Mesothelioma Survivor Travels Europe with her Dog
- Stories from Survivors
- May 12, 2016
Mesothelioma survivor Mary Lyons flew to Paris earlier this month accompanied by her two most prized possessions — a juicer and a border collie named Kailani.
Together, they will keep her strong.
Lyons, 68, finished her fifth round of chemotherapy, closed her front door, put her business on hold and left for Europe, where she will spend eight weeks traveling the countryside.
“I’m feeling good right now. I’m putting my cancer in a box on the shelf for the next two months and saying goodbye,” she said excitedly from her home near San Francisco before leaving for the airport. “It’s my way to not think about mesothelioma for a while. I need this.”
She will go on day hikes in the Pyrenees Mountain Range, partake in a religious pilgrimage at the Catholic shrine of Lourdes in southwest France, and then she will join a friend who is finishing a 45-day walk through Basque country at Santiago de Compostela in Spain.
Lyons will then fly to Ireland so Kailani can herd sheep where her ancestors once did.
“I’m a little unusual, I guess. I still have a real zest for life, and I don’t sit still very well or very long. I can’t imagine what that’s going to be like,” she said. “I know this isn’t going to work forever, but I’ve always believed if you take care of your body, it will take care of you.”
Still Hiking Daily
In the fall of 2015, Lyons was told she had pleural mesothelioma, a stunning diagnosis for someone seemingly so healthy. A long-time veterinary technician, she operates A Marin Dog’s Life, a well-respected dog-walking business in Sausalito, California.
She still hikes 4-5 miles daily on hilly terrain with off-leash, canine customers. She lives now with her nonstop border collie, one of the world’s most intelligent, high-energy breed of dogs.
Neither Lyons nor Kailani ever stop moving.
“You wouldn’t believe I am 68 right now. A friend told me I have a body of someone 15-20 years younger,” she said. “My doctor told me, whatever I’m doing, to keep doing it because it’s working now. I’m teaching him to think outside the box a little bit more.”
Even before she was diagnosed, she was a believer in a healthy, outdoor lifestyle. Once diagnosed, her diet changed significantly. She cut out all sugars and processed foods, focusing on an alkaline diet that discourages the growth of cancer cells.
She uses her trusty blender to make a daily juice with spinach, carrots, beets, kale, ginger, cucumber and a variety of other available vegetables. Lyons also takes a shot of wheatgrass every two days.
Gone are the rum and Cokes she loved, giving way to one glass of dry, red wine.
“You have to help the doctor take care of you. It’s a joint effort. I’m going to do everything I can to help myself. Find out what cancer likes, and cut it out,” she said. “I know I’ve got something [mesothelioma], but I’m not giving into it. Sure, it scares the hell out of me — and I have my dark moments — but I’m not going to dwell on it.”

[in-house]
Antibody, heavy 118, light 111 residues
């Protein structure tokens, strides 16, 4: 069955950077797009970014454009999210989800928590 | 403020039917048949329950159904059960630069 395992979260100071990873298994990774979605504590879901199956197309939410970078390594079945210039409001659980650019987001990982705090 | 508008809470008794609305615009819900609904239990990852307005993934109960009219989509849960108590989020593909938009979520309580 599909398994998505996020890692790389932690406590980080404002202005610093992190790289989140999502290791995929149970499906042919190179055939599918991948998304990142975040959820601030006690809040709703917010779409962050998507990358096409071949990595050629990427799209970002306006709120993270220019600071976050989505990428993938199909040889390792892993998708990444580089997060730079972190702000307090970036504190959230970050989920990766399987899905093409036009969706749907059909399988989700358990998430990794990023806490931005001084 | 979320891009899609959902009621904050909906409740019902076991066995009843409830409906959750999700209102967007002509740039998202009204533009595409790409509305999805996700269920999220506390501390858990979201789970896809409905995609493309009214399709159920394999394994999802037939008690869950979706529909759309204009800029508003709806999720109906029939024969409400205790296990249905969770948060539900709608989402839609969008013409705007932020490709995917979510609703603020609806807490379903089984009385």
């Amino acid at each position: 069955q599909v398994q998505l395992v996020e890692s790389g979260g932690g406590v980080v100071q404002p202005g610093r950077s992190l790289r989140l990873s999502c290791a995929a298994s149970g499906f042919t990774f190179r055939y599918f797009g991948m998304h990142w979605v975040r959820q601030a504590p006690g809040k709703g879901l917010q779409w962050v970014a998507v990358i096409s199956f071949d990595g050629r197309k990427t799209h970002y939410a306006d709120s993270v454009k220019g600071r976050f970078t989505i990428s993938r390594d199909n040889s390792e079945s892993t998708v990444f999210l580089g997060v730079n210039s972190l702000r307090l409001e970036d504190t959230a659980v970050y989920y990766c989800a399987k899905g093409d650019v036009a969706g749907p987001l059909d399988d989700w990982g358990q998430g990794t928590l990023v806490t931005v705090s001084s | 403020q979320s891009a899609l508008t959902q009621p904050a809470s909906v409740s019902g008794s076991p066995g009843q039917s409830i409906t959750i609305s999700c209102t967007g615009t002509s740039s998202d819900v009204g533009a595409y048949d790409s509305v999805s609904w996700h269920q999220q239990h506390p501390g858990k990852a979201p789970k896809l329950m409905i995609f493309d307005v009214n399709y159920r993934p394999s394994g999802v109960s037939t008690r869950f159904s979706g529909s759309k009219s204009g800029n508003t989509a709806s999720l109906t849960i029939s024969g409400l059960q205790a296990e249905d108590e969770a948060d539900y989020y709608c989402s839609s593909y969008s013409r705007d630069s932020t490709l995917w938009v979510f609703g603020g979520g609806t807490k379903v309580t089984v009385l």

Prayer and Lifestyle Helps Her Survive
Lyons has been hiking hills and loving the outdoors since the age of 3 when her father started taking her on walks into the countryside. She never stopped. She was born in California, but she lived for 20 years in Hawaii, rollerblading 5-10 miles daily. She worked as an international travel agent, allowing her to tour much of the world.
“I like the city, but I’m still a country girl at heart,” she said. “I love being outdoors, hiking every day with the dogs, seeing what God has made: The birds, the eagles, the coyotes. God has been good to me. I know that. I’ve got two convents of nuns praying for me now. And I’ve seen studies that show people getting prayers do better. Prayer works. I know it does.”
Her latest CT scan showed considerable tumor shrinkage from the chemotherapy. Her doctors at the University of California, San Francisco Comprehensive Cancer Center were thrilled. She was fortunate to be diagnosed at an early stage when it is more treatable.
Surgery was discussed, but she rejected the idea initially, uneasy about being off her feet for too long. She hopes to begin an immunotherapy clinical trial when she returns home.
“This thing [cancer] has changed my life and my way of thinking. It’s made me see the world with a more compassionate eye, made me enjoy things a little bit more,” she said. “Initially, I was blown away by the diagnosis, but I’m getting great care, and I’m taking care of myself.”
She sounds more worried now about Kailani’s future than her own. Border collies require long walks and runs every day. They are high maintenance, which doesn’t fit the typical mesothelioma survivor profile.
This is her third border collie, and much like her previous pets, Lyons and Kailani are a perfect match. Kailani is seven, and Lyons expects the dog has more years of running the hills in northern California.
“I don’t have kids,” Lyons said. “She’s my life, and I worry about what might happen, and who will be there to give her the exercise and the love she needs. I hope it’s me.”
Tim Povtak is an award-winning writer with more than 30 years of reporting national and international news. His specialty is interviewing top mesothelioma specialists and researchers, reporting the latest news at mesothelioma cancer centers and talking with survivors and caregivers.